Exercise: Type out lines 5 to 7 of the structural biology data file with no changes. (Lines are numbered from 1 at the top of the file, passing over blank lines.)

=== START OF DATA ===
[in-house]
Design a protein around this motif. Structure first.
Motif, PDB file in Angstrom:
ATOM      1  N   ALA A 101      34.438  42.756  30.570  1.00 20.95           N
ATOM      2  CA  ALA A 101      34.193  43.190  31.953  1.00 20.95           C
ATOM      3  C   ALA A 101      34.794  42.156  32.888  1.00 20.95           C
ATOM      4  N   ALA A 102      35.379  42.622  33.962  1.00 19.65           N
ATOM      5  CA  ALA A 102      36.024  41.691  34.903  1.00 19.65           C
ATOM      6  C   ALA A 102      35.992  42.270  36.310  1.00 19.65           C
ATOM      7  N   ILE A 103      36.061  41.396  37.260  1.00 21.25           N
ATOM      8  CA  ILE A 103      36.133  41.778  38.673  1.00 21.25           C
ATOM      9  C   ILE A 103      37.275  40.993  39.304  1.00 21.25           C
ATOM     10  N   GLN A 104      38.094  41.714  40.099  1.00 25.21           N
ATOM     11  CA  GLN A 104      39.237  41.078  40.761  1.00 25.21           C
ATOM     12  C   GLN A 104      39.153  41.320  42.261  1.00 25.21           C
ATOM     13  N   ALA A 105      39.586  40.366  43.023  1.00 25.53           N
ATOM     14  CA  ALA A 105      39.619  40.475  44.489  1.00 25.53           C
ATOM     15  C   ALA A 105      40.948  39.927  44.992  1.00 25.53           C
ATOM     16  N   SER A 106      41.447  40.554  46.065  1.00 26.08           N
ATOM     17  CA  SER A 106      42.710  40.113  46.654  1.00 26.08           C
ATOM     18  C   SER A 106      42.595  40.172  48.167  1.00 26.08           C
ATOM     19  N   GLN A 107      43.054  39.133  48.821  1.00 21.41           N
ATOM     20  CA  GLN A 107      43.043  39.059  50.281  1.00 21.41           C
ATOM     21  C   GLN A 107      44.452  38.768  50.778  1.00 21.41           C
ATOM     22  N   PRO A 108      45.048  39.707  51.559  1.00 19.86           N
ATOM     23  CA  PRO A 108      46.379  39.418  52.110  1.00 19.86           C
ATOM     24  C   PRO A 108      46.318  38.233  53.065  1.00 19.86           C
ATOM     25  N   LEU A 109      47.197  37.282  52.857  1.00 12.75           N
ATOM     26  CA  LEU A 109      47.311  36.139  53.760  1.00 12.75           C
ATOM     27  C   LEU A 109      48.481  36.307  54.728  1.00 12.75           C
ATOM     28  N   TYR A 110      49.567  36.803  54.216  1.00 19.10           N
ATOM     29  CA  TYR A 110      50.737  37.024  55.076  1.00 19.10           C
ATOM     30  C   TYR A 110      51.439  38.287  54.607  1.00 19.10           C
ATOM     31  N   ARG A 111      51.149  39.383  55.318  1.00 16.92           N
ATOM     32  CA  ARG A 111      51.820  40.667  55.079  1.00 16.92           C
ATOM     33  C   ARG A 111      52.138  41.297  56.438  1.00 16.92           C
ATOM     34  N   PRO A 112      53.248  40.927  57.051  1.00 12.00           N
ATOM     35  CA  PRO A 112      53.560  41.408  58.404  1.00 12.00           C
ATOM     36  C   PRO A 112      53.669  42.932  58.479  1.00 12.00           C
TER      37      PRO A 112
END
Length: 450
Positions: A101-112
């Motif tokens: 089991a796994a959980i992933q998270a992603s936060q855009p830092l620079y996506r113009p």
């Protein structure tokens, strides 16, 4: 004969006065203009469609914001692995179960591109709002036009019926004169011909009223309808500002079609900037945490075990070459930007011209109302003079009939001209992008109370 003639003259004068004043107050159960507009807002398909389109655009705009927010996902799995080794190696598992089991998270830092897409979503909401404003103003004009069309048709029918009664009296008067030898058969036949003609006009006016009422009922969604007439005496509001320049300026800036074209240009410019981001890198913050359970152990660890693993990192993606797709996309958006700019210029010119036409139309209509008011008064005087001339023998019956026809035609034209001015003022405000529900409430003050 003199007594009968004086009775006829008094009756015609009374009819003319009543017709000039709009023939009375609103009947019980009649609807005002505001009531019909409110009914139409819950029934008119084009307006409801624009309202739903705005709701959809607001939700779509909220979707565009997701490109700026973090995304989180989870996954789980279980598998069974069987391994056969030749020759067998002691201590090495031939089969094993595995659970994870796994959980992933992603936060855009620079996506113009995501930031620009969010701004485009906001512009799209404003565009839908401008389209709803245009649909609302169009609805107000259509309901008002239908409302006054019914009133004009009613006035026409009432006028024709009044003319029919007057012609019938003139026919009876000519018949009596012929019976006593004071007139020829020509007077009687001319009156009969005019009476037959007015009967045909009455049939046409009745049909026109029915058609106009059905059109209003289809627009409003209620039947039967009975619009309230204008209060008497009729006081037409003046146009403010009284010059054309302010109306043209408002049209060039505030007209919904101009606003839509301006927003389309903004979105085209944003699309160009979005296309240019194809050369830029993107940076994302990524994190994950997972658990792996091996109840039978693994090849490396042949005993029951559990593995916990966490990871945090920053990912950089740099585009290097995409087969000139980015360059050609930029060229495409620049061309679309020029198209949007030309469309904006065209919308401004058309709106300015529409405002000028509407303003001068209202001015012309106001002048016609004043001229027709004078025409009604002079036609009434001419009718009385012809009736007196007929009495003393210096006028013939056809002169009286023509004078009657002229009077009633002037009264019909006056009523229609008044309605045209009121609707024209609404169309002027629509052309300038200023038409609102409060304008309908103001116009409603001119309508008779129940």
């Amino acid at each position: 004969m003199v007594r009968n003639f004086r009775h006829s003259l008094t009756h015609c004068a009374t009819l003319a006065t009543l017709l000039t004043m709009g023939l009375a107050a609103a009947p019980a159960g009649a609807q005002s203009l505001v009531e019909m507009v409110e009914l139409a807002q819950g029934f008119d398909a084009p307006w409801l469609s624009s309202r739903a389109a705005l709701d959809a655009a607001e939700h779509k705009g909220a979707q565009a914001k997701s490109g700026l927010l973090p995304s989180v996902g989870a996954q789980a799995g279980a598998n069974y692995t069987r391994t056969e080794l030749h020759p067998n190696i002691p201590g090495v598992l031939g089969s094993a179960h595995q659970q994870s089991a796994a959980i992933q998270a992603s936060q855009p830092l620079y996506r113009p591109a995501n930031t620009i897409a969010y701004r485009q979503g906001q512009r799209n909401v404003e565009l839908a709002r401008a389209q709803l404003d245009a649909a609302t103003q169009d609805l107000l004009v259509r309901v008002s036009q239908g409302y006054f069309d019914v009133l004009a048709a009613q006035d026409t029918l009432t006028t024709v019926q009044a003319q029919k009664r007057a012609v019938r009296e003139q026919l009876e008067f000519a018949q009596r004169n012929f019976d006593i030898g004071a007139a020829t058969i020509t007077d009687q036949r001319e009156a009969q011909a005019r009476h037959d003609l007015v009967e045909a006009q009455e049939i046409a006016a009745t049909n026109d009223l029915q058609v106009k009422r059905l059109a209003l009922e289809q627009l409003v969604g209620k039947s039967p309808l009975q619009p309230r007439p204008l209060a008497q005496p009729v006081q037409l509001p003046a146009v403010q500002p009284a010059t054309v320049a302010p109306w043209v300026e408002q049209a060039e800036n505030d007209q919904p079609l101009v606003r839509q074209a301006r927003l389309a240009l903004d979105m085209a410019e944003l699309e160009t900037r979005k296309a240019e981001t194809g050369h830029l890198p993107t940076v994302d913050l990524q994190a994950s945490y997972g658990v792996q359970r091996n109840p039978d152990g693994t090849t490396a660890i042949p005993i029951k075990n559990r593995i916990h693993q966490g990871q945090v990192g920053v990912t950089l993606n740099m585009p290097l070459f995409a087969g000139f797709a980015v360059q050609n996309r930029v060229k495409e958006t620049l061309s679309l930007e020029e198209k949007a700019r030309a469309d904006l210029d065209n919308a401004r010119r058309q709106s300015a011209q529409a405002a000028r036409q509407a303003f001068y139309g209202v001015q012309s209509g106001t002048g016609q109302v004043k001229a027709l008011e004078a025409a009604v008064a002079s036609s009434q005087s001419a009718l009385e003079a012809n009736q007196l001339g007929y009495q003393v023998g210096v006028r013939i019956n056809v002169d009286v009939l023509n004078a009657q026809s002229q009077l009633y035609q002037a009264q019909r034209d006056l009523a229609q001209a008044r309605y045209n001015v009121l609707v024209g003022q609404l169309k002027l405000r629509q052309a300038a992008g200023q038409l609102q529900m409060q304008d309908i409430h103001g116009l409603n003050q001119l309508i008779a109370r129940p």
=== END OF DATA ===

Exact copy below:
ATOM      2  CA  ALA A 101      34.193  43.190  31.953  1.00 20.95           C
ATOM      3  C   ALA A 101      34.794  42.156  32.888  1.00 20.95           C
ATOM      4  N   ALA A 102      35.379  42.622  33.962  1.00 19.65           N